Horror arises when boundaries are crossed and the secure relation of inside and outside is disturbed: ‘there is suddenly, no inside and no outside. There is an emptying out of the object. It is the moment, a horrifying moment of the birth of a new space which ruins habitual space’. Rather than filling the new space with recognisable aesthetic images, the gaping hole comes shockingly to the fore: ‘an unfillable gap opens at the moment that the face is lifted’. Against the aestheticisation of horror and abjection stand more pervasive and persistent horrors of social, political and economic existence. Unbearable horror finds an object that turns it into terror. As Gothic images pervade a contemporary culture composed of rapidly oscillating and disturbing flows of anxious expenditures, a culture in which they are as much the norm as images of sex and violence, they manifest the generalisation of horror accompanying the vast economic and technological expansion into – and, phantasmatically, beyond – the black hole of post-modernity.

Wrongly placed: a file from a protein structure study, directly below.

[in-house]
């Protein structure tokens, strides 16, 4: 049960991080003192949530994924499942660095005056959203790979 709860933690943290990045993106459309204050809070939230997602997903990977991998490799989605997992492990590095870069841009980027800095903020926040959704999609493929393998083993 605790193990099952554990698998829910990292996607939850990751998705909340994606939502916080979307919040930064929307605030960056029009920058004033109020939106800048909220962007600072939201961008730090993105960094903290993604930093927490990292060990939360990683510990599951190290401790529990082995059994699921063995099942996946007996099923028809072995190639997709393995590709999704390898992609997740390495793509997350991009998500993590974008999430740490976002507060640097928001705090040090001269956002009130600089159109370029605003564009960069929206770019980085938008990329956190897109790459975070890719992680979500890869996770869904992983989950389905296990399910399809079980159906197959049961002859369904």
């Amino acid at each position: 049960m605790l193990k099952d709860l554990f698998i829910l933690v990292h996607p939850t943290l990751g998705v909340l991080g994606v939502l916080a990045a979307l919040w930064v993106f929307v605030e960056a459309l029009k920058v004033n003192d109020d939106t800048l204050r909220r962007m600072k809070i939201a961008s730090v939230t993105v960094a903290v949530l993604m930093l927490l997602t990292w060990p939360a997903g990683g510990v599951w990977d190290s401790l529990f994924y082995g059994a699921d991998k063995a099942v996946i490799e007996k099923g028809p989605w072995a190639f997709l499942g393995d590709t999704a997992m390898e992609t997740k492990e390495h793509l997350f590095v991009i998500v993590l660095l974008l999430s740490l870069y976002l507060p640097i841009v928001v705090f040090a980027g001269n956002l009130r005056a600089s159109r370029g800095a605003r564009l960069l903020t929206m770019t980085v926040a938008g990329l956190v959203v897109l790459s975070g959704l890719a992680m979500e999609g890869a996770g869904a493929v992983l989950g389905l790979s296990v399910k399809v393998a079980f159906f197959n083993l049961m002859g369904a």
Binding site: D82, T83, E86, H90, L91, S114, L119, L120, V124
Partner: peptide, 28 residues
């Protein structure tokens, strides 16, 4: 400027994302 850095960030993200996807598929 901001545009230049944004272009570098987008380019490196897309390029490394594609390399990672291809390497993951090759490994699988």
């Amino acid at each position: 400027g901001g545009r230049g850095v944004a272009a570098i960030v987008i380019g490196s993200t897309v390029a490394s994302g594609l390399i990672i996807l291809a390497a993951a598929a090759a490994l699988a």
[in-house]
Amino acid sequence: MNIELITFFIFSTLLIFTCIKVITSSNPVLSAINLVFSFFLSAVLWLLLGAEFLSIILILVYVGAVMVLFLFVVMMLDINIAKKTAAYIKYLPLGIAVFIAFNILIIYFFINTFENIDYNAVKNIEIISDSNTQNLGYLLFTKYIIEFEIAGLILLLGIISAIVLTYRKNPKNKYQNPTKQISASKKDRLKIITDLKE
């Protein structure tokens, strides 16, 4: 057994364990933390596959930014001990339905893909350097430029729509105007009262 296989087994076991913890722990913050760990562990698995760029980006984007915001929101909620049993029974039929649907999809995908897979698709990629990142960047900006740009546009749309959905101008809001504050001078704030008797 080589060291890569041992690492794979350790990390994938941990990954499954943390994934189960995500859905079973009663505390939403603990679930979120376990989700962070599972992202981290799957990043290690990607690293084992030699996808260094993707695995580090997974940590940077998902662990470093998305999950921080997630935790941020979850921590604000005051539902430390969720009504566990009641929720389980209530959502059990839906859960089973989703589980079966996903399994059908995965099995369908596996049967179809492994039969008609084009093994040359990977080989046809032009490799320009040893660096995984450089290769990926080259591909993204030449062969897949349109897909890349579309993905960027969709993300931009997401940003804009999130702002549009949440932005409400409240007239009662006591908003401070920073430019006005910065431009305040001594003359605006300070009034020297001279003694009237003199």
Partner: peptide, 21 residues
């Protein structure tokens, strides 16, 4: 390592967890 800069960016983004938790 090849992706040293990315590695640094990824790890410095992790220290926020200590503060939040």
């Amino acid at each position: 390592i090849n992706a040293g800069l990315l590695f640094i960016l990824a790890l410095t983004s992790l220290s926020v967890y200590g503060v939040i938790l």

All of Gothic fiction turns upon a simple oscillation, on a singular differentiation, a child's game: ‘fort!’ ‘Da!’ A game of loss and recovery, with the former rather than latter in the driving seat, its simplicity belies an extensive recalcitrance, its repetitions occluding some kind of excess to efforts of representation and theorisation. Repetition defies neat models of life and self; it disrupts ordered and balanced circulations of pleasure, desire or identity; it introduces something alien into normal functions and expectations, something that, though inassimilable to sense, remains at the heart of subjectivity and culture. The death drive introduces heterogeneity, difference and something daemonic into everyday exchange. It is Sigmund Freud, of course, who speculates on the significance of the child's game. The game played by his grandson intrudes on the grandfather's hesitant, repetitive and circuitous pursuit of the hypothesis of Beyond the Pleasure Principle. Loss and recovery, repetition and the shock of overwhelming stimulation underlie the attempt to identify what lurks ‘beyond the pleasure principle’.
Monstrous Media/Spectral Subjects explores Gothic, monstrosity, spectrality and media forms and technologies (music, fiction's engagements with photography/ cinema, film, magic practice and new media) from the later nineteenth century to the present day. Placing Gothic forms and productions in an explicitly interdisciplinary context, it investigates how the engagement with technologies drives the dissemination of Gothic across diverse media through the twentieth and twenty-first centuries, while conjuring all kinds of haunting and spectral presences that trouble cultural narratives of progress and technological advancement.